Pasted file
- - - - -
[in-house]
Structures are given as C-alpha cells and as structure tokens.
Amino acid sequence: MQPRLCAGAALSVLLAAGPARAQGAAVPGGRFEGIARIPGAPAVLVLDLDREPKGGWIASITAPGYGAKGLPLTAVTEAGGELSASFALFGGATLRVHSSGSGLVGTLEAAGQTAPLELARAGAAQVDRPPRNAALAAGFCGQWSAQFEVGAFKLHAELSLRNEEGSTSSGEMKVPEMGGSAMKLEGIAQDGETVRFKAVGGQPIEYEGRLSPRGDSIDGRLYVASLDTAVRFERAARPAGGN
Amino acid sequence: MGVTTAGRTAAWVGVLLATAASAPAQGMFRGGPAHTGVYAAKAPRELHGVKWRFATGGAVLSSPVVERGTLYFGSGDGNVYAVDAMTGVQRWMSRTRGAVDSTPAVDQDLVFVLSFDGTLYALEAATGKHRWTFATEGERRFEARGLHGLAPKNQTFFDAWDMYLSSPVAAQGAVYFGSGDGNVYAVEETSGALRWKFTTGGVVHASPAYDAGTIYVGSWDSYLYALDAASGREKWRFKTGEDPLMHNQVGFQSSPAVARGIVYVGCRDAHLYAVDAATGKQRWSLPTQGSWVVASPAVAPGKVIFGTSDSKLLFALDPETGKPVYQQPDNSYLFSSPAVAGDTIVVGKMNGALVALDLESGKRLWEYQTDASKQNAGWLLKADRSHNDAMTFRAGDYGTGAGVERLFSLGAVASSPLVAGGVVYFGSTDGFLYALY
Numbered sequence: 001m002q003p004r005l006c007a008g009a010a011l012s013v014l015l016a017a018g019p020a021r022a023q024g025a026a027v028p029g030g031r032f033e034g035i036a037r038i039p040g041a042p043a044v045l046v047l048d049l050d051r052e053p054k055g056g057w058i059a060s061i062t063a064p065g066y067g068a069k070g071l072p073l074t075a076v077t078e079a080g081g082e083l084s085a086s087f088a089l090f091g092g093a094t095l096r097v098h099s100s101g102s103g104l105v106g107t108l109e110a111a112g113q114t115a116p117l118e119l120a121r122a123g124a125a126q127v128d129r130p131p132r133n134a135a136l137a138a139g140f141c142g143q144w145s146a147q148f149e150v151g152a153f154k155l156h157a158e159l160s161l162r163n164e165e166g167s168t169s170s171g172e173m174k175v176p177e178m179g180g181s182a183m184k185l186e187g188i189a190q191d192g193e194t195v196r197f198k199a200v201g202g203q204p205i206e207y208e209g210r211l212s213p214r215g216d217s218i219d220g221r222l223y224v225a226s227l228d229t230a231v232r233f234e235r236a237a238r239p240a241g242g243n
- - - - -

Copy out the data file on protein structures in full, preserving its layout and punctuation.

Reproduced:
[in-house]
Structures are given as C-alpha cells and as structure tokens.
Amino acid sequence: MQPRLCAGAALSVLLAAGPARAQGAAVPGGRFEGIARIPGAPAVLVLDLDREPKGGWIASITAPGYGAKGLPLTAVTEAGGELSASFALFGGATLRVHSSGSGLVGTLEAAGQTAPLELARAGAAQVDRPPRNAALAAGFCGQWSAQFEVGAFKLHAELSLRNEEGSTSSGEMKVPEMGGSAMKLEGIAQDGETVRFKAVGGQPIEYEGRLSPRGDSIDGRLYVASLDTAVRFERAARPAGGN
Amino acid sequence: MGVTTAGRTAAWVGVLLATAASAPAQGMFRGGPAHTGVYAAKAPRELHGVKWRFATGGAVLSSPVVERGTLYFGSGDGNVYAVDAMTGVQRWMSRTRGAVDSTPAVDQDLVFVLSFDGTLYALEAATGKHRWTFATEGERRFEARGLHGLAPKNQTFFDAWDMYLSSPVAAQGAVYFGSGDGNVYAVEETSGALRWKFTTGGVVHASPAYDAGTIYVGSWDSYLYALDAASGREKWRFKTGEDPLMHNQVGFQSSPAVARGIVYVGCRDAHLYAVDAATGKQRWSLPTQGSWVVASPAVAPGKVIFGTSDSKLLFALDPETGKPVYQQPDNSYLFSSPAVAGDTIVVGKMNGALVALDLESGKRLWEYQTDASKQNAGWLLKADRSHNDAMTFRAGDYGTGAGVERLFSLGAVASSPLVAGGVVYFGSTDGFLYALY
Numbered sequence: 001m002q003p004r005l006c007a008g009a010a011l012s013v014l015l016a017a018g019p020a021r022a023q024g025a026a027v028p029g030g031r032f033e034g035i036a037r038i039p040g041a042p043a044v045l046v047l048d049l050d051r052e053p054k055g056g057w058i059a060s061i062t063a064p065g066y067g068a069k070g071l072p073l074t075a076v077t078e079a080g081g082e083l084s085a086s087f088a089l090f091g092g093a094t095l096r097v098h099s100s101g102s103g104l105v106g107t108l109e110a111a112g113q114t115a116p117l118e119l120a121r122a123g124a125a126q127v128d129r130p131p132r133n134a135a136l137a138a139g140f141c142g143q144w145s146a147q148f149e150v151g152a153f154k155l156h157a158e159l160s161l162r163n164e165e166g167s168t169s170s171g172e173m174k175v176p177e178m179g180g181s182a183m184k185l186e187g188i189a190q191d192g193e194t195v196r197f198k199a200v201g202g203q204p205i206e207y208e209g210r211l212s213p214r215g216d217s218i219d220g221r222l223y224v225a226s227l228d229t230a231v232r233f234e235r236a237a238r239p240a241g242g243n